BERLIN (Reuters) - European fans will cheer on U.S. presidential candidate Barack Obama as he visits Berlin, Paris and London this week, but governments wary of his inexperience and evolving policies fear the euphoria is overdone.
Largely an unknown quantity in Europe, the Democratic contender is due to land here on Thursday, kicking off the second part of a foreign tour that began in the Middle East with a speech on trans-Atlantic relations in the German capital.
His appearance at the “Victory Column” in Berlin’s central Tiergarten park is expected to draw huge crowds and is being likened in advance to former president John F. Kennedy’s celebrated “Ich bin ein Berliner” performance of 1963.
But in the German Chancellery a few hundred meters away there is unease with the Illinois senator’s cult-like following and skepticism about whether he can live up to the hype.
“There is a sort of Obama-mania in Germany right now, but I think a lot of people will have their illusions shattered if he does become president,” an official in Chancellor Angela Merkel’s office told Reuters, requesting anonymity.
Some European officials recalled how difficult trans-Atlantic relations were in the first few years of President Bill Clinton’s administration because of his inexperience and the time it took to get his team into place.
“It is not the inexperience of Obama that should concern people but nmoreore the risk of a vacuum for a while,” one EU diplomat said.
But a survey released by the Pew Research Center last week showed Germans vastly prefer Obama over John McCain, his Republican challenger for the presidency, by a 49 point margin. In France it is an even wider 51 point margin and in Britain 30.
Obama’s vow to pull U.S. troops out of Iraq and talk with Iran have won him admirers in Europe — particularly in Germany and France, countries that opposed the Iraq war and where President George W. Bush remains deeply unpopular because of the military adventures of his first term.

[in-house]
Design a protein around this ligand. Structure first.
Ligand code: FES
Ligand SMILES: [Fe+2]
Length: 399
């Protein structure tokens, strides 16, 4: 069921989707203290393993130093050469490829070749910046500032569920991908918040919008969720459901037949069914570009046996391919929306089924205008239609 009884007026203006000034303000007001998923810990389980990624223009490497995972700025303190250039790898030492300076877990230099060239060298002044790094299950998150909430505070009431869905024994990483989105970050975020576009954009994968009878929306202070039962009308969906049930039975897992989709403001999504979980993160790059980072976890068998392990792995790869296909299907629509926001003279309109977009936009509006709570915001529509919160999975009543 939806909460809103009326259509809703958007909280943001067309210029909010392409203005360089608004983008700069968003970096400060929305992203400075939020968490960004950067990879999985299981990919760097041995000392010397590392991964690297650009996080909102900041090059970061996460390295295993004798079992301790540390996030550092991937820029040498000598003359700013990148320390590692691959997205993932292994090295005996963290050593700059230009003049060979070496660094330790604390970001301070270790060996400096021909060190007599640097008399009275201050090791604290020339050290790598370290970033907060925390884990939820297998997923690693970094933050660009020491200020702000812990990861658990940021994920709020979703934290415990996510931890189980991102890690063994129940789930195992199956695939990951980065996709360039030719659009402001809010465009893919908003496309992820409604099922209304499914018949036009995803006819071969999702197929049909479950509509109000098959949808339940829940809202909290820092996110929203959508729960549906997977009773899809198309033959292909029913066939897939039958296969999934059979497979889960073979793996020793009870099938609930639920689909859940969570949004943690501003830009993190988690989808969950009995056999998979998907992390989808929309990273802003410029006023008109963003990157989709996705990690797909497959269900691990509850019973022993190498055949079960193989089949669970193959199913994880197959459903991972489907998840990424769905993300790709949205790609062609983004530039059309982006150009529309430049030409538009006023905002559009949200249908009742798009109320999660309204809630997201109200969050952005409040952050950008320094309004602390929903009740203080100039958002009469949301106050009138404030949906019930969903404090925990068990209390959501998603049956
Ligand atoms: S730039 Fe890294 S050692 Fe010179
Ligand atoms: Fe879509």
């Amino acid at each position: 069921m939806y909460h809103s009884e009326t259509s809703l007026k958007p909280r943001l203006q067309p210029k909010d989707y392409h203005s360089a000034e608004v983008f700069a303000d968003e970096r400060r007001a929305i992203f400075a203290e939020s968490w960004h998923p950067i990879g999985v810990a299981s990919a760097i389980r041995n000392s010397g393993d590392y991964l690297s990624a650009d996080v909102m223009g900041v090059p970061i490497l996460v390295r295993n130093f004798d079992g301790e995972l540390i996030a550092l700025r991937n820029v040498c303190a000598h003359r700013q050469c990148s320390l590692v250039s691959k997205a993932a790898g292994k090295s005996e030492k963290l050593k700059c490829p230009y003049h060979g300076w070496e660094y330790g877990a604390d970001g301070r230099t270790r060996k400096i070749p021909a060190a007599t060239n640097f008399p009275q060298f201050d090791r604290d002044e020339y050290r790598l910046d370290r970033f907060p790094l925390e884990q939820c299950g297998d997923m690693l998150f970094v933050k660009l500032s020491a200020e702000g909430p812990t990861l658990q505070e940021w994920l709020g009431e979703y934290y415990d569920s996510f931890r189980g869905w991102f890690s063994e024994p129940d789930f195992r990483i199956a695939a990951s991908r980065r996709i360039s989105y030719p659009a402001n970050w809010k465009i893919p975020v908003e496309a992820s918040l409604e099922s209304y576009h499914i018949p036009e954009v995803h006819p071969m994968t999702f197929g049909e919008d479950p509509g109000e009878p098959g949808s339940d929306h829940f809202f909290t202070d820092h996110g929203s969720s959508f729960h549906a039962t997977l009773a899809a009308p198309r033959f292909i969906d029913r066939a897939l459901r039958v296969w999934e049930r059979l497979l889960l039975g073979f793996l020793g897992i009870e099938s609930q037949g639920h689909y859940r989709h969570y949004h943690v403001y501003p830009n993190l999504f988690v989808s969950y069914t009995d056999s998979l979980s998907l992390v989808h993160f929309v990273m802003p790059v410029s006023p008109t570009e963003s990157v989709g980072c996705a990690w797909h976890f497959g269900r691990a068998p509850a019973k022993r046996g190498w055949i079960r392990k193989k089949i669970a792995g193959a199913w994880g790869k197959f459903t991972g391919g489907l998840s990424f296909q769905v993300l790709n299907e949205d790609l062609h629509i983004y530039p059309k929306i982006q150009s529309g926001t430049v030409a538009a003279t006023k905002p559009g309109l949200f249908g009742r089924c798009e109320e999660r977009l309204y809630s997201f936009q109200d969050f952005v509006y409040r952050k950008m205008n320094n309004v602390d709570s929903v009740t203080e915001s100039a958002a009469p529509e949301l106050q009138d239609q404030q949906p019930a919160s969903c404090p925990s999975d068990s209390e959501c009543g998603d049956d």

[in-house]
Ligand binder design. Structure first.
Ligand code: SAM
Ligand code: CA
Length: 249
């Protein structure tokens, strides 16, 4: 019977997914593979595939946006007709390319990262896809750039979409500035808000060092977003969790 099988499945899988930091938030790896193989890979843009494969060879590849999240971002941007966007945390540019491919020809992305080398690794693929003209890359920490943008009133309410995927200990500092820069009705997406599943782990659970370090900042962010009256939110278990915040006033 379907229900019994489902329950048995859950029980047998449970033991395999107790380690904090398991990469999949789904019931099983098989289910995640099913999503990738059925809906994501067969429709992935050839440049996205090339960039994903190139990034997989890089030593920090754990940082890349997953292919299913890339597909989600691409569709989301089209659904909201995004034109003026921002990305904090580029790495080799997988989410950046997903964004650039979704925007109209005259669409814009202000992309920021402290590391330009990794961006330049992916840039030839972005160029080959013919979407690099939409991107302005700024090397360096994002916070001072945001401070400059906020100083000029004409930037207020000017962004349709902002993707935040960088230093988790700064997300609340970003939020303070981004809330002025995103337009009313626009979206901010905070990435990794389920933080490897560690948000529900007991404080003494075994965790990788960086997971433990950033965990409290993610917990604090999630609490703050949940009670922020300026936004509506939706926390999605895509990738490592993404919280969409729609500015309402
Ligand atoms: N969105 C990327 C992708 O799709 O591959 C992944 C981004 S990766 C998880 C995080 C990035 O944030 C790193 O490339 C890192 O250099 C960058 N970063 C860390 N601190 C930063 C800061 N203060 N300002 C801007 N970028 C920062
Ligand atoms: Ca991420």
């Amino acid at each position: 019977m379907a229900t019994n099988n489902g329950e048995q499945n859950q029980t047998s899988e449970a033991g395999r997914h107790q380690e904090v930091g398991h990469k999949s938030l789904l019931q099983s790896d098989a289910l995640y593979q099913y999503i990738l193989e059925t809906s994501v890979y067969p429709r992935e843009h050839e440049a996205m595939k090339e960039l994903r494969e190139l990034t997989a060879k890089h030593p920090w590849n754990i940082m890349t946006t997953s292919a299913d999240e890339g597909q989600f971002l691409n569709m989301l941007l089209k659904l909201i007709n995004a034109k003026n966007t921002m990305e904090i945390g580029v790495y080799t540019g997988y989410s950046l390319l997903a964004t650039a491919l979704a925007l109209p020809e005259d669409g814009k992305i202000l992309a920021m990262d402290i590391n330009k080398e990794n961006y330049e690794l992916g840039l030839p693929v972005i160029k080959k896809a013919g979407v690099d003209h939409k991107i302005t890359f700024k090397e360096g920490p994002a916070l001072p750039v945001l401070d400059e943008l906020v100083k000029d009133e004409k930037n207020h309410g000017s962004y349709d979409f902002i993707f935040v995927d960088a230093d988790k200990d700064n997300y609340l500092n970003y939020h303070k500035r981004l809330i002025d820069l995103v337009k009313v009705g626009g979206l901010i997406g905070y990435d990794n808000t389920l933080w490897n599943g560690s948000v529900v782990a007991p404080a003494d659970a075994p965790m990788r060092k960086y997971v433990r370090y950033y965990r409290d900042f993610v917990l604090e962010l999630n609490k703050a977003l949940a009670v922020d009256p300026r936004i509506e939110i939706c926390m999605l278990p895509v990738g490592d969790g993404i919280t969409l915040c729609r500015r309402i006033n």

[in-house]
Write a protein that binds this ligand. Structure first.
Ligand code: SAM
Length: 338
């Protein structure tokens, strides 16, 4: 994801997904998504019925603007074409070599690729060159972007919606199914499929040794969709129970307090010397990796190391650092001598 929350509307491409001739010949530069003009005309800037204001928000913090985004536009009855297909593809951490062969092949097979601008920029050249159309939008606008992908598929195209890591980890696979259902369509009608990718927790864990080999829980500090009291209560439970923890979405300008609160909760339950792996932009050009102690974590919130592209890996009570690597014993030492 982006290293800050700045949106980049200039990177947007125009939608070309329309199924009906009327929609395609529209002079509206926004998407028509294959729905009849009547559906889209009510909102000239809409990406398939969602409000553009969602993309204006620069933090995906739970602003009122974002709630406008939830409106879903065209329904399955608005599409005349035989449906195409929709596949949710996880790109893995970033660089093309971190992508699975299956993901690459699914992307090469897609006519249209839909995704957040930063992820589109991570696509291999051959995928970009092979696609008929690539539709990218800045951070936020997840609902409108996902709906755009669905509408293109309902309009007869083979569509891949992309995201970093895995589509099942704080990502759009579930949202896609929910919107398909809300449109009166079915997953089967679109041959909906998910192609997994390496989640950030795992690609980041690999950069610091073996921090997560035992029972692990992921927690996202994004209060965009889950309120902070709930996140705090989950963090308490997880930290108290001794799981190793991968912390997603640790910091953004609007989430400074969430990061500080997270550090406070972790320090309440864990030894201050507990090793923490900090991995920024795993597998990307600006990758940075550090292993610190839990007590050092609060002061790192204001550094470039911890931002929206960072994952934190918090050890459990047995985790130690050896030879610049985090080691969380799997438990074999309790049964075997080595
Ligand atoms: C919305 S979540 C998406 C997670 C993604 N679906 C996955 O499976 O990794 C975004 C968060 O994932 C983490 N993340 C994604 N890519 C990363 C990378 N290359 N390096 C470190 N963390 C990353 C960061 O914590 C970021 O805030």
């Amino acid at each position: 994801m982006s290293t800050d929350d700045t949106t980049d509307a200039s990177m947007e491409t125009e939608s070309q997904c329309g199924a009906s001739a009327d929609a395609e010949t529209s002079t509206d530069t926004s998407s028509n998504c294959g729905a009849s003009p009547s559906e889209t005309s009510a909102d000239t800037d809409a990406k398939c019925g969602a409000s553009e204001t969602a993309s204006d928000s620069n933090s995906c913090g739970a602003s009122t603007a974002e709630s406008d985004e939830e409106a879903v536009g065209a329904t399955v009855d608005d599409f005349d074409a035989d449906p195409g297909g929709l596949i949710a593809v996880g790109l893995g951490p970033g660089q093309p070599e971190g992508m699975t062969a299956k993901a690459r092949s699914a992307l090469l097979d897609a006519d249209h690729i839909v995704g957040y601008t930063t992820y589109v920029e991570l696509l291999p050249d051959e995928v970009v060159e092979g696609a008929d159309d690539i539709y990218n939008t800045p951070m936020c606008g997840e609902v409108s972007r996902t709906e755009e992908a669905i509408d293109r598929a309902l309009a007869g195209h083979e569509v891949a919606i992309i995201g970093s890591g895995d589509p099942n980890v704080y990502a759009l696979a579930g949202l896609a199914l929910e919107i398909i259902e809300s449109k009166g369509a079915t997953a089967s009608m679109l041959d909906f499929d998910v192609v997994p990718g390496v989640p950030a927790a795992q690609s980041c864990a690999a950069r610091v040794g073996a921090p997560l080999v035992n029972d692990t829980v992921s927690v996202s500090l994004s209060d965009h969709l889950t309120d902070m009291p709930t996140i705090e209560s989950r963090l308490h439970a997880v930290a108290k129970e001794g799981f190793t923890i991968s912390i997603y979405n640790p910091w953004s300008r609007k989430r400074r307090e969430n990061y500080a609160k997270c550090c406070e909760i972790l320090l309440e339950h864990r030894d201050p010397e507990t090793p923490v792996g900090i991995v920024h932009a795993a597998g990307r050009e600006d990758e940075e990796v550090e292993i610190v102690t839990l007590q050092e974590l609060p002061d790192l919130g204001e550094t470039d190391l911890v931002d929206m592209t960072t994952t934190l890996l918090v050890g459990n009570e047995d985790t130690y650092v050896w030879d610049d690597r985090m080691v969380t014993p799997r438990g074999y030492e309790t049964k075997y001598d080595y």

Yet politicians and diplomats from Berlin to Brussels say that if Bush’s second term is used as a benchmark, neither an Obama nor a McCain presidency is likely to lead to any dramatic shift in U.S. foreign policy.
“One reason Obama is so popular here is that people expect him to break radically with the politics of Bush, without any understanding of what this would involve,” said Eckart von Klaeden, a German parliamentarian and foreign policy expert in Merkel’s Christian Democratic Union (CDU).
He likened the huge crowds Obama is expected to draw in Europe to those that cheered on former Chancellor Helmut Kohl during the build-up to German unification. Kohl’s fans turned against him when his promises of “flourishing landscapes” in eastern Germany failed to materialize.
“Euphoria in politics is an invitation for disappointment,” von Klaeden said.
Diplomats in Brussels said they believed Obama would be better able to articulate a post-9/11 policy agenda than McCain, but predicted new demands on Europe regardless of who emerges victorious in the U.S. election in November.
These demands are expected to include tougher sanctions on Iran and a greater European military, civilian and economic engagement in Afghanistan.
A change in the White House could have the biggest impact on Merkel and French President Nicolas Sarkozy, both of whom have developed close ties to Bush in recent years.
Merkel, who has regular video-conference exchanges with Bush, and Sarkozy, who visited the U.S. president at his family home in Kennebunkport, Maine, could see their influence in Washington wane in the short-term under Obama.
The same can be said for Italian Prime Minister Silvio Berlusconi, who has made plain his “very personal preference” for McCain. Berlusconi’s centre-left challenger in a May election, Walter Veltroni, had a campaign slogan borrowed from Obama — “Yes we can” — and compared himself to the U.S. Democrat.
In conservative Poland, there are fears an Obama administration could row back on the Bush administration’s plans to deploy a missile shield in central Europe, leaving Warsaw to pick up the pieces.
“The problem with Obama is that we still don’t know very much about what he thinks on foreign policy, he is tabula rasa,” said Rafal Trzaskowski, an analyst at the Natolin European Centre, a Warsaw think thank.
“We know what McCain stands for, we know who we are dealing with,” he added. “Obama stands for change, he is an energetic, self-made man, and that is heart-warming, but we need to know more about his policies.”
Additional reporting by Paul Taylor and Mark John in Brussels, Gareth Jones in Warsaw, Stephen Brown in Rome, Crispian Balmer in Paris; Editing by Douglas Hamilton